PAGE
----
The Supervillainy series by C.T. Phipps has been a guilty pleasure of mine for a few years now. Not only has Gary Karkofsky’s antics as an accidentally successful supervillain just been an absolute pleasure to read, but the world environment, the unexpected twists, and the tongue-in-cheek references to pop-culture makes for an exciting and entertaining read.
The newest arrival to that series, The Science of Supervillainy, hits all of those notes in spades.
This book picks up directly where the last book left off. The Other Gary and President Omega are about to pull off their plan, but Gary and crew take care of it pretty quickly, until they don’t. A time jump ahead and all of the old characters, a bunch of new characters, and a little girl with a super brain step up to help Gary save…err… I mean take over…err…well save first, and then take over? Whatever his plans, the world is in danger, and not his kind of danger. So it’s up to him and his rough and tumble crew to step up and stop Other Gary from erasing them all from existence.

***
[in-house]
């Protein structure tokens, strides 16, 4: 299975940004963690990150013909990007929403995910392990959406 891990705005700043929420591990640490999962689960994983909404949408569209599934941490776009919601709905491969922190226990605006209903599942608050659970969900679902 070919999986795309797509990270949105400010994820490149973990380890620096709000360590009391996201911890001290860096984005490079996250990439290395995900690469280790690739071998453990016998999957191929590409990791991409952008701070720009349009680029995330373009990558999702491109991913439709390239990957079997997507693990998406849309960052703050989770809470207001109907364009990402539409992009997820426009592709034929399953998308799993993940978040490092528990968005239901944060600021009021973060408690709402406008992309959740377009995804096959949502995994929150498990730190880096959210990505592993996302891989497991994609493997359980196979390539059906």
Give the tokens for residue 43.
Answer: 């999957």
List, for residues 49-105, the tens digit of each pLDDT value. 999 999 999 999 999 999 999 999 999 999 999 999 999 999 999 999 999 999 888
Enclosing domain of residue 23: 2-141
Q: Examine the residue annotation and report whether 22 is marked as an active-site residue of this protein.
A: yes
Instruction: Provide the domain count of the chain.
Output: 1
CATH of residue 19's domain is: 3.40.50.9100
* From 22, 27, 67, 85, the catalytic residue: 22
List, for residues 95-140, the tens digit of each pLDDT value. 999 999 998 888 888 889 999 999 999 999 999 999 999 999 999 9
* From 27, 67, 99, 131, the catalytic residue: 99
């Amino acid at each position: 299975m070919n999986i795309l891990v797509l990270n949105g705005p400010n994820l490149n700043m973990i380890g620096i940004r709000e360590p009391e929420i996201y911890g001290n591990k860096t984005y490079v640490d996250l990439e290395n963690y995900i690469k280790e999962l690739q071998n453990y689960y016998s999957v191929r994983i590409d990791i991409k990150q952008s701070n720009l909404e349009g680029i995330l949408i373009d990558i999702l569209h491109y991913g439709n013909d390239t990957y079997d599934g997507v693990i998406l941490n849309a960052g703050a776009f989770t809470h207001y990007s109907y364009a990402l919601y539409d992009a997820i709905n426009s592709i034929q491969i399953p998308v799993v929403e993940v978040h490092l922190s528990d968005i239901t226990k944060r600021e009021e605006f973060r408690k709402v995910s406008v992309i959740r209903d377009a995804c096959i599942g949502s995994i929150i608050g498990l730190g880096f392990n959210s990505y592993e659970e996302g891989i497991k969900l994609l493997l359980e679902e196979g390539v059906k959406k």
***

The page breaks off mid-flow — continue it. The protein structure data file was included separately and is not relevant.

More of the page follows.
The Science of Supervillainy is filled with both comedic and dramatic moments that blend well together. Using both the dramatic and comedic is how Phipps illustrates, surprisingly well, the conflicts of being a supervillain with morals. Wanting to own and rule the world doesn’t necessarily mean that you want the world to be a filled with shitty people, and Gary most certainly wants to rule the world, but why can’t he have his cake and eat it too?
Elements of this book I loved were the same as the previous titles. The cross-pollination from other worlds, time-travel, comedy, weirdly conceived relationships, and of course the pop-culture references help to make this a fun read. It works so well, and I look forward to the next installment.
5 out of 5 stars.